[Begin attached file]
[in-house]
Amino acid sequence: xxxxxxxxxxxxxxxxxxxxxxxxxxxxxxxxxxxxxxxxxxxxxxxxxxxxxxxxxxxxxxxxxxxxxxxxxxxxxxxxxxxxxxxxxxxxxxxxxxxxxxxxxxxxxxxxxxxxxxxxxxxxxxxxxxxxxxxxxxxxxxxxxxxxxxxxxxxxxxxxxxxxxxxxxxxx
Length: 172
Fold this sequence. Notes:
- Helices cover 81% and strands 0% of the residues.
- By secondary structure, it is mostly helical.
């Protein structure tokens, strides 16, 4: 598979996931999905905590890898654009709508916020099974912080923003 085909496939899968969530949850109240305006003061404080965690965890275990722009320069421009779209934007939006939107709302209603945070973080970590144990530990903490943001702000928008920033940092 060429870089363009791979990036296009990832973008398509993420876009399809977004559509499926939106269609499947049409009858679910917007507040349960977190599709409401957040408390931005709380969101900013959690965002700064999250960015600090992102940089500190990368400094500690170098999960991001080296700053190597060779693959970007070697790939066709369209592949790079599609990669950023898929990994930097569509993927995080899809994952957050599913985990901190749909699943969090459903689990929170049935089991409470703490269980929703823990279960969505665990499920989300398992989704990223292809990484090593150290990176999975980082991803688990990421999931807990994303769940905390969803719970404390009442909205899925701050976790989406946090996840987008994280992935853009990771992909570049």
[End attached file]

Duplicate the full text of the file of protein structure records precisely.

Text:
[in-house]
Amino acid sequence: xxxxxxxxxxxxxxxxxxxxxxxxxxxxxxxxxxxxxxxxxxxxxxxxxxxxxxxxxxxxxxxxxxxxxxxxxxxxxxxxxxxxxxxxxxxxxxxxxxxxxxxxxxxxxxxxxxxxxxxxxxxxxxxxxxxxxxxxxxxxxxxxxxxxxxxxxxxxxxxxxxxxxxxxxxxx
Length: 172
Fold this sequence. Notes:
- Helices cover 81% and strands 0% of the residues.
- By secondary structure, it is mostly helical.
């Protein structure tokens, strides 16, 4: 598979996931999905905590890898654009709508916020099974912080923003 085909496939899968969530949850109240305006003061404080965690965890275990722009320069421009779209934007939006939107709302209603945070973080970590144990530990903490943001702000928008920033940092 060429870089363009791979990036296009990832973008398509993420876009399809977004559509499926939106269609499947049409009858679910917007507040349960977190599709409401957040408390931005709380969101900013959690965002700064999250960015600090992102940089500190990368400094500690170098999960991001080296700053190597060779693959970007070697790939066709369209592949790079599609990669950023898929990994930097569509993927995080899809994952957050599913985990901190749909699943969090459903689990929170049935089991409470703490269980929703823990279960969505665990499920989300398992989704990223292809990484090593150290990176999975980082991803688990990421999931807990994303769940905390969803719970404390009442909205899925701050976790989406946090996840987008994280992935853009990771992909570049």